A new definition of community emerges

So it’s 2006… no, wait, let me start in 2004. 

You’ve heard me talk about 2004 before; the year I left my perfectly manicured life to get back in touch with my creative roots. By 2005, I was living in shared housing, creating community events, and dipping my toes in the unexplored worlds of tribal hippies, body-modifying circus freaks, and free-for-all burners.

Online, social media was just taking hold, and the most popular site in my world was appropriately called, Tribe. How I loved Tribe! Way before Facebook, Tribe was the alternative version of Friendster and MySpace. 

Tribe represented the underground culture I was just entering into. There, I could become a part of tons of groups divided up by interest. The difference between the Tribe of then and the Facebook of now, was that in some way many of us crossed paths. You can say that Tribe highlighted the fact that we were all connected, rather than focusing on the divisions.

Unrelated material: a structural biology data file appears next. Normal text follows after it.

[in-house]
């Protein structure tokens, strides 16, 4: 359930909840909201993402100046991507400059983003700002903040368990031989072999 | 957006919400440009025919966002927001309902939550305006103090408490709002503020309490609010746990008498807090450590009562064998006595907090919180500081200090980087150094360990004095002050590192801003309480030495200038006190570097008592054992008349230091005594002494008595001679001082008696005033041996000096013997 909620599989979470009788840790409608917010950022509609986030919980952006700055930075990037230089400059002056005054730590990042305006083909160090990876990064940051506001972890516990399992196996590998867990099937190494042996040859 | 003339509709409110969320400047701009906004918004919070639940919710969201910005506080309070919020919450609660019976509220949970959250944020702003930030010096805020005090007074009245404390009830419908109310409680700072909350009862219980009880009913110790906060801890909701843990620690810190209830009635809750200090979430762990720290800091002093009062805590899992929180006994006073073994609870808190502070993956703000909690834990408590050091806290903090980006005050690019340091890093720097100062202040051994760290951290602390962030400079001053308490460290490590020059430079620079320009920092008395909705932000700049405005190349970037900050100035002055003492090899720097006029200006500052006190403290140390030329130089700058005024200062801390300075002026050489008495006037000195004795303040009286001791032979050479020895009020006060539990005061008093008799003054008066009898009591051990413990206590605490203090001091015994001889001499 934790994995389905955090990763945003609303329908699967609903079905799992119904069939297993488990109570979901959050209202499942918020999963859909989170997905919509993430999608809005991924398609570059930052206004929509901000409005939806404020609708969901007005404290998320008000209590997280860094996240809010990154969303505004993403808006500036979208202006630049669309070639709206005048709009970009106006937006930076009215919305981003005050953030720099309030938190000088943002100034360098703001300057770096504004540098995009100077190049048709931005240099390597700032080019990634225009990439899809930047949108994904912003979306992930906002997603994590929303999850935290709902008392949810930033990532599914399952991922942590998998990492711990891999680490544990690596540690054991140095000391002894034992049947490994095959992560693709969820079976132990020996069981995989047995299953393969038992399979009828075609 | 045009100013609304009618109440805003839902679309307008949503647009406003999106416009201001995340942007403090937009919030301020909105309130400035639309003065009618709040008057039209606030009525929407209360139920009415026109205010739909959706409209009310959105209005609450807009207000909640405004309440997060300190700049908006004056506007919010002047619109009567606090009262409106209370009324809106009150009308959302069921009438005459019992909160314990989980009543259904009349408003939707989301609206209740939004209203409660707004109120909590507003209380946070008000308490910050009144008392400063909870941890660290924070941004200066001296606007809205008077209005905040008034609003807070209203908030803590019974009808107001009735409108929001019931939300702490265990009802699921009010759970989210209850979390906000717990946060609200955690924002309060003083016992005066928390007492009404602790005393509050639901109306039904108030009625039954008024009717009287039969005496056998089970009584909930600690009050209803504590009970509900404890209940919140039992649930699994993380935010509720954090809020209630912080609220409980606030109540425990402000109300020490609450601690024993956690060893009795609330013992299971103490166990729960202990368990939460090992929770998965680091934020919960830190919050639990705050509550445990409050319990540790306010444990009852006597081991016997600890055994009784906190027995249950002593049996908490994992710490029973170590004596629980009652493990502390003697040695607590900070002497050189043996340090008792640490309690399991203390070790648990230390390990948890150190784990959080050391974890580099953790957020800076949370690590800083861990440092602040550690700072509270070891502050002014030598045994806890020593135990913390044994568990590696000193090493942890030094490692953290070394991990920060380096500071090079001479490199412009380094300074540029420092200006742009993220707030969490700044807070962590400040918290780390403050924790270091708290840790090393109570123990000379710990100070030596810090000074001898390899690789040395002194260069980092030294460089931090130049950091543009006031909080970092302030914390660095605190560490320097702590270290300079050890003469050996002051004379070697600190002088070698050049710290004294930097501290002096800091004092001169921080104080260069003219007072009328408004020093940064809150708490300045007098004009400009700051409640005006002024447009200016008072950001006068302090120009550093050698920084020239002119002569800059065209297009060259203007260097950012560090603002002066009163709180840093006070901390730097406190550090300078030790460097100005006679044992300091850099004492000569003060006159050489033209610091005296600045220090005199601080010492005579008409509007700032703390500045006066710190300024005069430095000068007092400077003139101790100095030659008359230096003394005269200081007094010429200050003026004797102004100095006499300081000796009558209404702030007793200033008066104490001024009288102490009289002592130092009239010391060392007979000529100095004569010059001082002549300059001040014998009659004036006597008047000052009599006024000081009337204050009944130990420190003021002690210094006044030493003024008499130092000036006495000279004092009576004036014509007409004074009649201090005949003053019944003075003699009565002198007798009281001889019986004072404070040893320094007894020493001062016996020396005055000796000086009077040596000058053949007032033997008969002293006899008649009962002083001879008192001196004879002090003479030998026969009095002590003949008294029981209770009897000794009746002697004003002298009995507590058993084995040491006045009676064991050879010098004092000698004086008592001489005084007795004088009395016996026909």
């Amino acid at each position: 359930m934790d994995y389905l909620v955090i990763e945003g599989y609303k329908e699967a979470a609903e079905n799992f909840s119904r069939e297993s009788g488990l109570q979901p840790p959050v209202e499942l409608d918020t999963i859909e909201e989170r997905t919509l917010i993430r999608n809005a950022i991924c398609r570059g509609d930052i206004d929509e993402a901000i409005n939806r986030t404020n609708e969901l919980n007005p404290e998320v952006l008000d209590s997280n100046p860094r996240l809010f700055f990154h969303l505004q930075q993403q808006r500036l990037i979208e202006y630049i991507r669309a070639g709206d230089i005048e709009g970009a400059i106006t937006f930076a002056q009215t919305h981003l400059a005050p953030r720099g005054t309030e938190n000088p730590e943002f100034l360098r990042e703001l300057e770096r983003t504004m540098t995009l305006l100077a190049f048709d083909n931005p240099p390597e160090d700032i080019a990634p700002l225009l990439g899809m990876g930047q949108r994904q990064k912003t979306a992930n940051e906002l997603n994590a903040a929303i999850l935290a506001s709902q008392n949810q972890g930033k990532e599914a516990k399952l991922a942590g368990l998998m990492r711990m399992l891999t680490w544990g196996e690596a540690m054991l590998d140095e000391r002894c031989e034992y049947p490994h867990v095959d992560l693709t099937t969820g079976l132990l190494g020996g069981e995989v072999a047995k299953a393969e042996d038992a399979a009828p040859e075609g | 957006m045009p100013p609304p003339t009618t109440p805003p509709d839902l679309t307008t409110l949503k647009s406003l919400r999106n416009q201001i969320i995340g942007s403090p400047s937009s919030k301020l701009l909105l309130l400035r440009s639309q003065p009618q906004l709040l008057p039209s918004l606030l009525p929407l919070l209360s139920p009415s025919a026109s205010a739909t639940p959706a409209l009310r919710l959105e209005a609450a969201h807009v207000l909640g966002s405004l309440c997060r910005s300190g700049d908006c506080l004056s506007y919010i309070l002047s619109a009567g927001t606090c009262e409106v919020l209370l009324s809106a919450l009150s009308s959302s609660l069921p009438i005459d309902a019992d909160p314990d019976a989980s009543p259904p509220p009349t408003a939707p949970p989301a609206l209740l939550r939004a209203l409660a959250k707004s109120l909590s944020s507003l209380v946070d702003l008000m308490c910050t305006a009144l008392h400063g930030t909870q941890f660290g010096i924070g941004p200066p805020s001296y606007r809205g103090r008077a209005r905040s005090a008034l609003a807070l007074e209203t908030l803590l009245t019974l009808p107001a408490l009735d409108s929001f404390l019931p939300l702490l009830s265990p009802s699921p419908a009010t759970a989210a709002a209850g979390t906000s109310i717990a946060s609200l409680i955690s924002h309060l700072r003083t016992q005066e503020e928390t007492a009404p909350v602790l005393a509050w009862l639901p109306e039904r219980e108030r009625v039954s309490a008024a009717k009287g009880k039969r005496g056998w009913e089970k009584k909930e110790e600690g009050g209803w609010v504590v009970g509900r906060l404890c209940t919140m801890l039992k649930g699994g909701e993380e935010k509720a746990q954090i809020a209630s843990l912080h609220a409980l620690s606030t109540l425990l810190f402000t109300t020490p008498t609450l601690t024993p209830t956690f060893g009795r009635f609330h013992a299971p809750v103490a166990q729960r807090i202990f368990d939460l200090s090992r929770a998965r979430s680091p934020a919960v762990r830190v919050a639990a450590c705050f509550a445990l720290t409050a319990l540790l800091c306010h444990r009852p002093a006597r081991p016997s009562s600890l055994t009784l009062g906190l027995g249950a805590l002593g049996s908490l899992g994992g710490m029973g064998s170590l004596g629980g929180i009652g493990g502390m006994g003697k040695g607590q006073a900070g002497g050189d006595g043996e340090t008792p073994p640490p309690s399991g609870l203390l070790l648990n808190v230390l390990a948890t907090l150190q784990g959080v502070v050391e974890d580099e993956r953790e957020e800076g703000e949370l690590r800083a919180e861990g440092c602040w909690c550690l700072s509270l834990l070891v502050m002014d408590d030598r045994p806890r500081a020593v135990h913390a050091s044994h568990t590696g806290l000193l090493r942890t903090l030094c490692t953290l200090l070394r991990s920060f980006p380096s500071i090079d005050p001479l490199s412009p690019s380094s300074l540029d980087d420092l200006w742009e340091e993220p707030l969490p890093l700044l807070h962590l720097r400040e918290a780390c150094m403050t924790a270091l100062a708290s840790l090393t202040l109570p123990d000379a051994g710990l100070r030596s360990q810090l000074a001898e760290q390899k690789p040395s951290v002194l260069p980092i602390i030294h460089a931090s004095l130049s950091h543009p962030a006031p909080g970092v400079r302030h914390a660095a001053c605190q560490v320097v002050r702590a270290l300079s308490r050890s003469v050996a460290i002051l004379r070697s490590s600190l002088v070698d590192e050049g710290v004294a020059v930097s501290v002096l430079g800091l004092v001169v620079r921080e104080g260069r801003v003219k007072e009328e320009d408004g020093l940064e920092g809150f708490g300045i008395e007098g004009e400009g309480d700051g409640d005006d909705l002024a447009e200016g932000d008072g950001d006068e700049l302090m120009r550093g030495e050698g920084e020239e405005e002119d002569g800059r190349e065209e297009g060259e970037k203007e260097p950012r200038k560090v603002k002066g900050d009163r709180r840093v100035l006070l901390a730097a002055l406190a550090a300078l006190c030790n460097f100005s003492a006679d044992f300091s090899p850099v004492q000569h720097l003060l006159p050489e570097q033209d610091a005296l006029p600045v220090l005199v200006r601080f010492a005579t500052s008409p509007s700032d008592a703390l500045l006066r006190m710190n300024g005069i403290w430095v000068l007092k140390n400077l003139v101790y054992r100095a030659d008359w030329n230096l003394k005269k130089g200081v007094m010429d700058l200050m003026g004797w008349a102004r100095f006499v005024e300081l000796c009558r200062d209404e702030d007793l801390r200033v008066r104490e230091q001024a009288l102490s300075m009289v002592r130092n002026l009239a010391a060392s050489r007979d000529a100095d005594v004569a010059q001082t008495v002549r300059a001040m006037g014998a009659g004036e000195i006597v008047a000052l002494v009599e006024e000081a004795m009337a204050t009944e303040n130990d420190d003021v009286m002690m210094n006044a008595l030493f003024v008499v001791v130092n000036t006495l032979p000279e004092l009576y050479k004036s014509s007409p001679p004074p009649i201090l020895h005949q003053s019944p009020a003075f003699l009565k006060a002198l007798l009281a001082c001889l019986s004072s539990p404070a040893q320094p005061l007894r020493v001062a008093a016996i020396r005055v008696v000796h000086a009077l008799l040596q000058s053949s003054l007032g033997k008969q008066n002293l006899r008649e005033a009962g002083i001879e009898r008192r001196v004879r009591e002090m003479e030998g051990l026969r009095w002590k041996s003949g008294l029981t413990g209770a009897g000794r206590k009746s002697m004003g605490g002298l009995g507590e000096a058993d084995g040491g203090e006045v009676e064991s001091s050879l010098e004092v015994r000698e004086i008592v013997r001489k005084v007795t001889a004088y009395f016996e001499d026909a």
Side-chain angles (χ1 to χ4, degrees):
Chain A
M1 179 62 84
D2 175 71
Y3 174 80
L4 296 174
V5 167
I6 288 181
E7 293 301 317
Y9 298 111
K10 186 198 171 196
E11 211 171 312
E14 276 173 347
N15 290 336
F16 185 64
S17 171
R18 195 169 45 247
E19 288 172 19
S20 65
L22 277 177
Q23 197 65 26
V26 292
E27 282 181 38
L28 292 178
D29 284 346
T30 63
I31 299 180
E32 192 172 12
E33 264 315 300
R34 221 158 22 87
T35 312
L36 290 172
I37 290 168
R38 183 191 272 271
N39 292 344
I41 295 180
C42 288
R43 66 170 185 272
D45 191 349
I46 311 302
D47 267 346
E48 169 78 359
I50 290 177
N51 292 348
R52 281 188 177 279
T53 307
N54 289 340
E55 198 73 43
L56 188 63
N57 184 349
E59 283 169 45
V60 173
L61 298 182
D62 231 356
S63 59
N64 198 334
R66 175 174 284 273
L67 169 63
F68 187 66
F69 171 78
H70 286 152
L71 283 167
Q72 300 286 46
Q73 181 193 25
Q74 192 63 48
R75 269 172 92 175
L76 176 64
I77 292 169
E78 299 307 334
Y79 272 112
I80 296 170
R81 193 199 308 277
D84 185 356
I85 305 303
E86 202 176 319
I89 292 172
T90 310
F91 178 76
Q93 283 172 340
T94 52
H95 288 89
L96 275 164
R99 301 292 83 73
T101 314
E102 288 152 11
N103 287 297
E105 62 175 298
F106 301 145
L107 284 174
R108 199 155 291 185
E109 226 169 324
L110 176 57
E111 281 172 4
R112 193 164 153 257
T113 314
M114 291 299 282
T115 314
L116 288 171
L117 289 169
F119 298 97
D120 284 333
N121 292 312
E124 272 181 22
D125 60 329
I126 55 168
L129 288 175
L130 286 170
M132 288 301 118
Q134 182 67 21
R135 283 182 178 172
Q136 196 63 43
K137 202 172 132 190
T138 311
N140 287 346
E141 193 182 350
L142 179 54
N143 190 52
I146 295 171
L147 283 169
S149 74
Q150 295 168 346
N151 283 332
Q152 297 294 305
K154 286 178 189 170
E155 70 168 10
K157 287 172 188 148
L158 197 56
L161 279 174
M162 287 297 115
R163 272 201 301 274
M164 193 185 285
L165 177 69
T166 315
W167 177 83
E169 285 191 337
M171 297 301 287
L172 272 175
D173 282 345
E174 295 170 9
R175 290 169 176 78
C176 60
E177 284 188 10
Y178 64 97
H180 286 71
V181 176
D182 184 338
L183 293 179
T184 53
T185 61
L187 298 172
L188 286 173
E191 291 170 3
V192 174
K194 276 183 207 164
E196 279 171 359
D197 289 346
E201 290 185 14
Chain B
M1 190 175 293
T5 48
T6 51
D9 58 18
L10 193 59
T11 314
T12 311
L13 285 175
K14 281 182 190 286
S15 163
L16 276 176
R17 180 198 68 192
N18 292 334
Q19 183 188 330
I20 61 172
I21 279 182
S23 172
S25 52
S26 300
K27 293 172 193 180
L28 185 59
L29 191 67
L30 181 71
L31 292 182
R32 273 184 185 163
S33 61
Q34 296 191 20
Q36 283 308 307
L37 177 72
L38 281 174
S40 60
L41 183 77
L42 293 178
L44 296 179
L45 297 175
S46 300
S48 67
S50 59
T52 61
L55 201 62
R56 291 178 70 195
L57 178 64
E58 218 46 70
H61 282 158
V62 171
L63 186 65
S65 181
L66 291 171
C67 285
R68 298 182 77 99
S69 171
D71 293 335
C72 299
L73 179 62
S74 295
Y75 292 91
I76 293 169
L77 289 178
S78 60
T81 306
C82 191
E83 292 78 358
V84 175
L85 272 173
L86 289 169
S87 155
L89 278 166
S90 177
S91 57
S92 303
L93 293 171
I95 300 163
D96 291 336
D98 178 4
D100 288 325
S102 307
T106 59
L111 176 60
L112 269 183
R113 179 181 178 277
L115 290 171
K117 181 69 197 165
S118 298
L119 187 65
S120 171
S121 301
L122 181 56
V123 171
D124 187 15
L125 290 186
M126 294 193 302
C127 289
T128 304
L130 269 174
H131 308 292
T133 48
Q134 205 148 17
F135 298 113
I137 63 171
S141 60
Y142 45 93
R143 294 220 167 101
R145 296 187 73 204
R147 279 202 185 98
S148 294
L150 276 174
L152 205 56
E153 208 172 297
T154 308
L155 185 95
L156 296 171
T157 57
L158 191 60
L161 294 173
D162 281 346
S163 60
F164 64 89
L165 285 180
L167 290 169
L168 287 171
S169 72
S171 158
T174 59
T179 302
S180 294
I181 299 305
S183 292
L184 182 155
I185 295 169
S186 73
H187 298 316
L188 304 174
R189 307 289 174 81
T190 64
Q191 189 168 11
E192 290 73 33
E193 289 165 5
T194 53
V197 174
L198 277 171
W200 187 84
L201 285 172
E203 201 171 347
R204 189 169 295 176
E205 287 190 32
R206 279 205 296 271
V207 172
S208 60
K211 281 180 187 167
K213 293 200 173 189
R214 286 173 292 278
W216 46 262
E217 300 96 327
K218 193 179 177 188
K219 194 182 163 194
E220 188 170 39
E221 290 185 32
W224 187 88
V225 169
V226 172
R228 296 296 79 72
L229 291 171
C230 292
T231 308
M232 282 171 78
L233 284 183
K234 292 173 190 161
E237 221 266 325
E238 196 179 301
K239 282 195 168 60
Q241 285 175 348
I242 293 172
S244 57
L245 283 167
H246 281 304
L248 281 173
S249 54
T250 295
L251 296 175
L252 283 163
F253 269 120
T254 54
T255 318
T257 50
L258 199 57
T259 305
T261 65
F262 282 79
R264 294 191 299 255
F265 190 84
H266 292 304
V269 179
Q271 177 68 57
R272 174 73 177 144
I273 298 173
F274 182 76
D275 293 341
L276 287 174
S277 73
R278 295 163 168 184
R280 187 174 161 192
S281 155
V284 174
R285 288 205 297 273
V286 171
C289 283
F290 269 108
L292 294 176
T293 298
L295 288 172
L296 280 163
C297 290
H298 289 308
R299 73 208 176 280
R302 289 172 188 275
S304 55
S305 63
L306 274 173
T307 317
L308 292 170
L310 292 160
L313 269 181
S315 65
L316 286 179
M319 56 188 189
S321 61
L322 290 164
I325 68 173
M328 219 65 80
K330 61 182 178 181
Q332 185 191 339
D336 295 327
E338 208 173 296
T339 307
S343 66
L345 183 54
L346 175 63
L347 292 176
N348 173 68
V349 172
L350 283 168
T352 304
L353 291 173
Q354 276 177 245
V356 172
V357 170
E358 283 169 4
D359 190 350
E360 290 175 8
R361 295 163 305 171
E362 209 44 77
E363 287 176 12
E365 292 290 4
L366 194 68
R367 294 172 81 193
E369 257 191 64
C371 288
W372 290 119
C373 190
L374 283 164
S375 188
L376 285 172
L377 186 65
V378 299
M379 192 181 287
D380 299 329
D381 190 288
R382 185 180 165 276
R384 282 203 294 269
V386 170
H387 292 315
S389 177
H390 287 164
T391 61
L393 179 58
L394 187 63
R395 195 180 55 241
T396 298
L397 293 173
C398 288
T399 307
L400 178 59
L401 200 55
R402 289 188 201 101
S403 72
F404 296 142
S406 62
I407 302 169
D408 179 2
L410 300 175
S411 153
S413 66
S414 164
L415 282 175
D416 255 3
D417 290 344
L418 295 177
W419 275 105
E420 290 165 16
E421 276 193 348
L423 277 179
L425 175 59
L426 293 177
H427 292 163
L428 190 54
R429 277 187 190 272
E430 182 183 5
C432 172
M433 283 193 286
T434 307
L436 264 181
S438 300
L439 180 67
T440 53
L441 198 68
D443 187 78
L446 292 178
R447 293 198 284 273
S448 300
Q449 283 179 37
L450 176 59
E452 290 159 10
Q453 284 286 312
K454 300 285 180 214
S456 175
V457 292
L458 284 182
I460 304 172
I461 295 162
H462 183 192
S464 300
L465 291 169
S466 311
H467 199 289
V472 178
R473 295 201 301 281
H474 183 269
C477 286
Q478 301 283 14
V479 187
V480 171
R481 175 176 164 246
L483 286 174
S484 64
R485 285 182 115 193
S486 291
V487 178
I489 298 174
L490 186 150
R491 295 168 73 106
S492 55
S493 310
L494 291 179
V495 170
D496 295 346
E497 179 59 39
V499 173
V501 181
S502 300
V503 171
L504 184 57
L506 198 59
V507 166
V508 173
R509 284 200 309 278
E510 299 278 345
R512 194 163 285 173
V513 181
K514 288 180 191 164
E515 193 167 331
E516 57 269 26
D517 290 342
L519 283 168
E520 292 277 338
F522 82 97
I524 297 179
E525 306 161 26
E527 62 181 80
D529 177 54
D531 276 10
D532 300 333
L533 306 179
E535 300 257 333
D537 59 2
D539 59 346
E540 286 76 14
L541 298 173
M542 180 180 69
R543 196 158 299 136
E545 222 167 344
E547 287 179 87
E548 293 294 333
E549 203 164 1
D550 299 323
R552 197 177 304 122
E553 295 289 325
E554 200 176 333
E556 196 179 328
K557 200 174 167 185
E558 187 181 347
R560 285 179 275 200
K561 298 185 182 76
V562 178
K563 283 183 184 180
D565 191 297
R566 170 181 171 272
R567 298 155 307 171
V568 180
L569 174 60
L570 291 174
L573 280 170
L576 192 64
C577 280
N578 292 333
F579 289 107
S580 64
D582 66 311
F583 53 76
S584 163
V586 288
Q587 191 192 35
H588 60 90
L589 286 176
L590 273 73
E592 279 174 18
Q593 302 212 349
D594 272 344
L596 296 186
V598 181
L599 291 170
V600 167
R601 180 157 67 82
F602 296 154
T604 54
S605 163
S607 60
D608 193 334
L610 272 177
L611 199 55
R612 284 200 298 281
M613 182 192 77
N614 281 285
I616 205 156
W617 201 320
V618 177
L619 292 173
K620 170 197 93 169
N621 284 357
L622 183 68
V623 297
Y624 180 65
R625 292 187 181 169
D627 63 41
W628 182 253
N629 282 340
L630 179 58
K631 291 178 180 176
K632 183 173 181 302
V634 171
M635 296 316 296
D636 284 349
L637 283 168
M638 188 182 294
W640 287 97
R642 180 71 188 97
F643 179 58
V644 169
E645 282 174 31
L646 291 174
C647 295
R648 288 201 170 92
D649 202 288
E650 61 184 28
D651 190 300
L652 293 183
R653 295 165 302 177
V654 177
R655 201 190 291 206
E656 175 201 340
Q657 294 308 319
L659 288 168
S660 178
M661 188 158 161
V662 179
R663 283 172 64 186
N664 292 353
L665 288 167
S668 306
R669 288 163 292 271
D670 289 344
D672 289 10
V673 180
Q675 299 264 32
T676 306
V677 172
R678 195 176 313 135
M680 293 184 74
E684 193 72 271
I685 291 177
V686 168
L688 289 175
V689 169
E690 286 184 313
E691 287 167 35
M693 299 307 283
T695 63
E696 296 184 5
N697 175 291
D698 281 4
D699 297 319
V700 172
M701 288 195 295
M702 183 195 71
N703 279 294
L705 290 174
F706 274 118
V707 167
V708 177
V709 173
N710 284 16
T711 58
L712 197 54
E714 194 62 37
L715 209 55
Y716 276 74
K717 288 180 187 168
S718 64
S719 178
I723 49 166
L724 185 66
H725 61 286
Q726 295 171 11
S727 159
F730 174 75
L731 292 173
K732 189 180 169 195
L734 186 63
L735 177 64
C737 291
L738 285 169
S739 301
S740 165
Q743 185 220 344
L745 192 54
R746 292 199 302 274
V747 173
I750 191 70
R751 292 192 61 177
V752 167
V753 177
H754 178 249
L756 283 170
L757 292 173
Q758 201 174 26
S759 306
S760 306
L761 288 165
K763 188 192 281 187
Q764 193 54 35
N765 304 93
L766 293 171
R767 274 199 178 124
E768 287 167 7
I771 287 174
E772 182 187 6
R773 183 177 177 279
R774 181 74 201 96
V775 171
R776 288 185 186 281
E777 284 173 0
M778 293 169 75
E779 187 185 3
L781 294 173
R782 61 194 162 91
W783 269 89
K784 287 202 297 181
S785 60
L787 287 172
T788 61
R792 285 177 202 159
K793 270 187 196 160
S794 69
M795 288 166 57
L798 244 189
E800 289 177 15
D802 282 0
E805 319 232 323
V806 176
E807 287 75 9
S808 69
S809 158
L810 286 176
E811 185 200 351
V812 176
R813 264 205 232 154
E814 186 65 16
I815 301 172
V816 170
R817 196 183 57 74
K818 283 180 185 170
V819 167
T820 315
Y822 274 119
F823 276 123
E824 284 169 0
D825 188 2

I remember being at a festival where a very popular Tribe personality, Sobey, played a game. He would mention the name of a Tribe group and the members of that group would step into the middle of the circle. The more groups he called out, the more connections we saw. And it was here that I realized that over the last year, I had created the elongated community family I had craved my whole life.

It took a tragedy to redefine loneliness

Stepping physically into the energy of the Capitol Hill Massacre, those neat definitions I used for so long to separate myself from others melted away. Our community, in its widest definition, came together to protect, console, heal, understand, grieve, and every other emotion you can possibly imagine in light of the tragedy.